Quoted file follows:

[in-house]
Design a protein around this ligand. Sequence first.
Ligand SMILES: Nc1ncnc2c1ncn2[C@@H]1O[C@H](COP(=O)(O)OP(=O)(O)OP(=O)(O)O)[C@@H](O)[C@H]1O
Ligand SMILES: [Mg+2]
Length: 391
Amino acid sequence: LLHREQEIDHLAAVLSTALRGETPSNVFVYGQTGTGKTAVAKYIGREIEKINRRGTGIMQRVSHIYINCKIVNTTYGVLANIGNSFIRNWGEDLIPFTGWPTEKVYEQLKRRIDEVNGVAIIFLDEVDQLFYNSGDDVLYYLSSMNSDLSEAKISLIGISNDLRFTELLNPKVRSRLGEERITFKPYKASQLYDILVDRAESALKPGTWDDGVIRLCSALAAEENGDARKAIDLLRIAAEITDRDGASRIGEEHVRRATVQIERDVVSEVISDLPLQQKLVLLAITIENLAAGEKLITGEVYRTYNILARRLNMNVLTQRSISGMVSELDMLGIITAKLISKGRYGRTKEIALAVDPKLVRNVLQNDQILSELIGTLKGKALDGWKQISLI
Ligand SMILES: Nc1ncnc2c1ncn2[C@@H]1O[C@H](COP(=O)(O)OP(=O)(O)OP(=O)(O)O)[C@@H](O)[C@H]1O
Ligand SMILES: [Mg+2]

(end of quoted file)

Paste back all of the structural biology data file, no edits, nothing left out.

[in-house]
Design a protein around this ligand. Sequence first.
Ligand SMILES: Nc1ncnc2c1ncn2[C@@H]1O[C@H](COP(=O)(O)OP(=O)(O)OP(=O)(O)O)[C@@H](O)[C@H]1O
Ligand SMILES: [Mg+2]
Length: 391
Amino acid sequence: LLHREQEIDHLAAVLSTALRGETPSNVFVYGQTGTGKTAVAKYIGREIEKINRRGTGIMQRVSHIYINCKIVNTTYGVLANIGNSFIRNWGEDLIPFTGWPTEKVYEQLKRRIDEVNGVAIIFLDEVDQLFYNSGDDVLYYLSSMNSDLSEAKISLIGISNDLRFTELLNPKVRSRLGEERITFKPYKASQLYDILVDRAESALKPGTWDDGVIRLCSALAAEENGDARKAIDLLRIAAEITDRDGASRIGEEHVRRATVQIERDVVSEVISDLPLQQKLVLLAITIENLAAGEKLITGEVYRTYNILARRLNMNVLTQRSISGMVSELDMLGIITAKLISKGRYGRTKEIALAVDPKLVRNVLQNDQILSELIGTLKGKALDGWKQISLI
Ligand SMILES: Nc1ncnc2c1ncn2[C@@H]1O[C@H](COP(=O)(O)OP(=O)(O)OP(=O)(O)O)[C@@H](O)[C@H]1O
Ligand SMILES: [Mg+2]